writing & me

As we move into a new year, I cannot help but recognize my place in a season of massive change. It as though the change has been set into motion – but I have not yet arrived. I am engaged – but not married. I am studying to be a therapist – but not yet graduated (and certainly not yet licensed). I have started a new job – but have not yet mastered the many skills and learnings required.

Upon this kind of reflection, I have found myself asking: What is consistent in the midst of this deeply transformative time of life? What is it that I can come back to that is wholly and completely grounding?

Writing.

That was the first and most salient answer. Writing – of course!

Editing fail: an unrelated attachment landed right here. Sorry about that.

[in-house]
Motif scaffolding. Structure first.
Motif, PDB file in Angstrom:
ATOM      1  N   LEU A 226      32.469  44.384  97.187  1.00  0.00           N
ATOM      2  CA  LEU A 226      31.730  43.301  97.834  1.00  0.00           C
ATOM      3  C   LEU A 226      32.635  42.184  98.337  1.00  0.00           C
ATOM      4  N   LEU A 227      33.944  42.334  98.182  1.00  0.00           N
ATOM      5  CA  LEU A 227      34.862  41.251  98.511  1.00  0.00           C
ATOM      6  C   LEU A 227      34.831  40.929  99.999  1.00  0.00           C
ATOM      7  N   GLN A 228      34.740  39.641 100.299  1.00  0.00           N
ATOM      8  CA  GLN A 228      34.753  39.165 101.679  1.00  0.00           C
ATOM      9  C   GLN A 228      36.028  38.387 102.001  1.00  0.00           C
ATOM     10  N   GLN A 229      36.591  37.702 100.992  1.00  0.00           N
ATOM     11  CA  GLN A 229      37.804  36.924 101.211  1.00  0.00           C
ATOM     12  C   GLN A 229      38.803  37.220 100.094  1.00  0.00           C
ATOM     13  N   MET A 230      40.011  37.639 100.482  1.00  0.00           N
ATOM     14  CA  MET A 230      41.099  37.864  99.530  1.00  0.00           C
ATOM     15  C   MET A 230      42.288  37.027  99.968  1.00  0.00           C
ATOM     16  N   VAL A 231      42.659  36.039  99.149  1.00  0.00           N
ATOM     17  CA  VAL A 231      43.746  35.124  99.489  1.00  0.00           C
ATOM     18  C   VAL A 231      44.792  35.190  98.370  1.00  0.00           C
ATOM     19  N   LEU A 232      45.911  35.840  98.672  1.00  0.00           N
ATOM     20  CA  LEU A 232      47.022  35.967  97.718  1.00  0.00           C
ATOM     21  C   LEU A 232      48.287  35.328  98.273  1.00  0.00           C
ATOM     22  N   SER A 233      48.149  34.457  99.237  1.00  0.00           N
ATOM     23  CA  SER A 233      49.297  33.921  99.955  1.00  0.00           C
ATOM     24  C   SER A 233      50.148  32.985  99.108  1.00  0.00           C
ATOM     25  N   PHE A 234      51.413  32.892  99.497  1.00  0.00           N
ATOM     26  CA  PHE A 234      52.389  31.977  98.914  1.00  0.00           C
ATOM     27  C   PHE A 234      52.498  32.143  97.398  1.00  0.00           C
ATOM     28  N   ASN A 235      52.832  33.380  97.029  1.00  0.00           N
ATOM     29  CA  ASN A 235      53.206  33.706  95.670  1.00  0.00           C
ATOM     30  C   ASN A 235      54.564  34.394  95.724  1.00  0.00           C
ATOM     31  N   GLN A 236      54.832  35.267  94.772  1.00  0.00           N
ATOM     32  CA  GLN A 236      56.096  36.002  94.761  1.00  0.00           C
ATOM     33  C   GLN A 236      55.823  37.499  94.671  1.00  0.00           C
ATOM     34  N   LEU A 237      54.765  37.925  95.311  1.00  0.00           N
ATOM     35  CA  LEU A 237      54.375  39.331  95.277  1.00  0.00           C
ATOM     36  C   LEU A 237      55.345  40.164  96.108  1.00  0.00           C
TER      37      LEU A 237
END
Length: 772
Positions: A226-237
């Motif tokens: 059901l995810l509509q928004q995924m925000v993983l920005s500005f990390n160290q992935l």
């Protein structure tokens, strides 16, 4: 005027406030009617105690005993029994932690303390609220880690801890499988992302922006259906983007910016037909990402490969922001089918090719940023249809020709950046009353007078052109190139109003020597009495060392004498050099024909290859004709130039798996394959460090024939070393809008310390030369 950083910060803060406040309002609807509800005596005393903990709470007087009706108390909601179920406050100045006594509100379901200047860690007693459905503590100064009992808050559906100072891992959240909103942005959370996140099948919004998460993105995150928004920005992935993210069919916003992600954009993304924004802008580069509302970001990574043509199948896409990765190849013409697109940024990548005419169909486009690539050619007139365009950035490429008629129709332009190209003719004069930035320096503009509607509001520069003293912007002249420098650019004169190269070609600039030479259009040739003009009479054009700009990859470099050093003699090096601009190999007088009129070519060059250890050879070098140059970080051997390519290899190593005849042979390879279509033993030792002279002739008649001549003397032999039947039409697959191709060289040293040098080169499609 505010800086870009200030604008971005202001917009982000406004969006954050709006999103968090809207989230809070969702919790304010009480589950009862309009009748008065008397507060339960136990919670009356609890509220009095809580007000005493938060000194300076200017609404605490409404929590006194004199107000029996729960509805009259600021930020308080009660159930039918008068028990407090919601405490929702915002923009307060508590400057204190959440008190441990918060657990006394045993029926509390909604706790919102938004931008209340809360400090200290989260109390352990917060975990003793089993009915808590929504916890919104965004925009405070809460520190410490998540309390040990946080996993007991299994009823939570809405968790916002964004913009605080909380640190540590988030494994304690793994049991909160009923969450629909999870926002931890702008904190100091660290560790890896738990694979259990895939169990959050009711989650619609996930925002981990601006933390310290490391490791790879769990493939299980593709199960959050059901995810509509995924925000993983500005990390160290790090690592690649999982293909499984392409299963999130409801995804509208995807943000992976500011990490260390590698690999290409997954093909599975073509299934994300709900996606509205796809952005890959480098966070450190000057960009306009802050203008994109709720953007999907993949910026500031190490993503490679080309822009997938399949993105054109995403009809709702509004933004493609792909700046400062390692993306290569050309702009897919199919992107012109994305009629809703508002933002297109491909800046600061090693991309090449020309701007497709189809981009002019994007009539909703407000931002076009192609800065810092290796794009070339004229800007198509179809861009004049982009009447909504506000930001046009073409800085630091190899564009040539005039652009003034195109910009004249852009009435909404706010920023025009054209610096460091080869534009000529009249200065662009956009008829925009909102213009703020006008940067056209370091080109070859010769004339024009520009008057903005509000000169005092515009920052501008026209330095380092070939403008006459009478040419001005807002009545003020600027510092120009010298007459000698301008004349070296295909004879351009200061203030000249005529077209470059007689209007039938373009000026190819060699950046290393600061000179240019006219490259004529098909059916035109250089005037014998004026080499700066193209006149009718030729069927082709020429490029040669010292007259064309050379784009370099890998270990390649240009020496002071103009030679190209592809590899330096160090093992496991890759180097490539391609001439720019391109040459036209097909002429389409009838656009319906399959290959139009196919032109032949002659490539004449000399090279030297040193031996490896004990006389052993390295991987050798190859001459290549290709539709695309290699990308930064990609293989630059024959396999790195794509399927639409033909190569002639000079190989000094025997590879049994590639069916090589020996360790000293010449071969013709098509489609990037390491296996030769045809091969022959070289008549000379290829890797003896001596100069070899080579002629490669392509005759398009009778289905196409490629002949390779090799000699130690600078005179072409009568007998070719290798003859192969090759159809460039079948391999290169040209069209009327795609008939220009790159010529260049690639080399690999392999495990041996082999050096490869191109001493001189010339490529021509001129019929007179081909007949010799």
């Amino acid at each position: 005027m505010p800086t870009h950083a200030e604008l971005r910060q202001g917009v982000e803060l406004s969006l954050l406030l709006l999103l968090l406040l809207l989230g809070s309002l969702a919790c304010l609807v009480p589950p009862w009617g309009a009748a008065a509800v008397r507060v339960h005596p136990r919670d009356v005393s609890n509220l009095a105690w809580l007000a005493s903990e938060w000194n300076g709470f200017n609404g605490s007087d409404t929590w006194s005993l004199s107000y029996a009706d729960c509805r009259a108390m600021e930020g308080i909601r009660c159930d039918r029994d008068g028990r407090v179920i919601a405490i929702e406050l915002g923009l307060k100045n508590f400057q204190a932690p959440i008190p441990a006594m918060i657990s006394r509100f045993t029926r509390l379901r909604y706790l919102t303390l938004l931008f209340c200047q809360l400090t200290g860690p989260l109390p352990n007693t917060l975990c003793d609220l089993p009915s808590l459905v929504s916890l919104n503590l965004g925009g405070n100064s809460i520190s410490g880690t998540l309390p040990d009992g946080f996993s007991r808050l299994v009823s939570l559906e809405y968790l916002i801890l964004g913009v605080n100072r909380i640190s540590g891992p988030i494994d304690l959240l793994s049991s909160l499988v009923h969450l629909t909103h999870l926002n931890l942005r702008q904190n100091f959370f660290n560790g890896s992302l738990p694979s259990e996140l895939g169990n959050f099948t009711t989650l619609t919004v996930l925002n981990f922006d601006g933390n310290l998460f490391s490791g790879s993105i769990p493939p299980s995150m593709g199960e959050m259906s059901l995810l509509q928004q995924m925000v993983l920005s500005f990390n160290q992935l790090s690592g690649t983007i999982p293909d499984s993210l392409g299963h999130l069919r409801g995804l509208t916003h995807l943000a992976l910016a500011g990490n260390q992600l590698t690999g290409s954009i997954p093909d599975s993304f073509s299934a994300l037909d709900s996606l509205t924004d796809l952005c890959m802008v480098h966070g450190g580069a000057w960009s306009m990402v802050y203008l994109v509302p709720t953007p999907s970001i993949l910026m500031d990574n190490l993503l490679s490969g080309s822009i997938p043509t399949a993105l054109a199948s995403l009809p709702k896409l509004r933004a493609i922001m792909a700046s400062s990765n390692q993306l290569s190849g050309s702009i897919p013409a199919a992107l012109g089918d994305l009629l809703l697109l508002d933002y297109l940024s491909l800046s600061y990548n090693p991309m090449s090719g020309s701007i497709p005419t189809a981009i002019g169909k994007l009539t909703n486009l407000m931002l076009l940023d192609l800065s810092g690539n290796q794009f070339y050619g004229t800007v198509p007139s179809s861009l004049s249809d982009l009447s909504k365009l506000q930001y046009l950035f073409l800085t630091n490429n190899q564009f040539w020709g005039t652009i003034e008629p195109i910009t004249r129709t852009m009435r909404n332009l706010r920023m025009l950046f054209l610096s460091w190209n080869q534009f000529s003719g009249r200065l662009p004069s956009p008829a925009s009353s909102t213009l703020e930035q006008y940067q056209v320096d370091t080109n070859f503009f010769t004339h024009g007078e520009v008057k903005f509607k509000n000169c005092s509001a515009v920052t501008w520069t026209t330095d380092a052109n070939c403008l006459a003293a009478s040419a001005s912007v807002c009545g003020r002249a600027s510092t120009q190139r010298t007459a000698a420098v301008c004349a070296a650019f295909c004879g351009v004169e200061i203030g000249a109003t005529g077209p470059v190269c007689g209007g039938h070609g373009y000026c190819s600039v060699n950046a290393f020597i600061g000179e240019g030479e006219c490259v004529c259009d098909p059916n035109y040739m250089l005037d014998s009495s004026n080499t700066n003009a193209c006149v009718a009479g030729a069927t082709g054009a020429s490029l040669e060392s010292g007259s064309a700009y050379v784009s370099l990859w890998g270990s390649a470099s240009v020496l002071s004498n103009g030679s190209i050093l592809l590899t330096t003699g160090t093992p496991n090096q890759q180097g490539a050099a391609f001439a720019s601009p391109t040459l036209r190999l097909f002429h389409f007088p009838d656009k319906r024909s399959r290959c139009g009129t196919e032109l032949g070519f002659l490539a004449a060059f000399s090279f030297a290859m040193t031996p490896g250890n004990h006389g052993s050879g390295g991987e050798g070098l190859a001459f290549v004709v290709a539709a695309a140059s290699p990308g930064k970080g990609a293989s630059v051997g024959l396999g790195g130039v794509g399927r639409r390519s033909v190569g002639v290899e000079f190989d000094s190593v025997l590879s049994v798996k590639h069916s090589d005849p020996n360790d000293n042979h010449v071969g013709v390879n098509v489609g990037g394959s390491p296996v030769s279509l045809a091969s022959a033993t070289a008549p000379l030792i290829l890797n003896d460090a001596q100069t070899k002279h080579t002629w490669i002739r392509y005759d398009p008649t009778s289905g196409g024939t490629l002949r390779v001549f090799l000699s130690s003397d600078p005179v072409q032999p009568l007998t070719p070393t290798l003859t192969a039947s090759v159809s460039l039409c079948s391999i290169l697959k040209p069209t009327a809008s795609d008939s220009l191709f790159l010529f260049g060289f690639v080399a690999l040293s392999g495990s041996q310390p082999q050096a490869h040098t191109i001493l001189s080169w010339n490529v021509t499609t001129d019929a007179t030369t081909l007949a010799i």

I have been writing since I could actually write. I have been writing throughout my life and it is the type of thing that has both defined me as I have also defined it. That is to say that I have always been a writer – but throughout the varying seasons of life, I have decided the kind of writer I want to be. When I was young, I wrote a lot of stories. In my travels, I wrote a lot about the people I met and the awkward encounters I often managed to find myself within (I still do this, by the way). When I was an angsty teenager, I wrote about my friends, my perceived social life, and how high school was everything. Several years ago, I spent most of my time writing about social justice: the things that have broken my heart, the things in the world that seemed so wrong, so utterly out of place. Now, I write a bit of everything – I write poems from time to time, I write about my insights from unexplored parts in my past, and I write about my partner, and wedding stuff, and balancing all the newness in my life.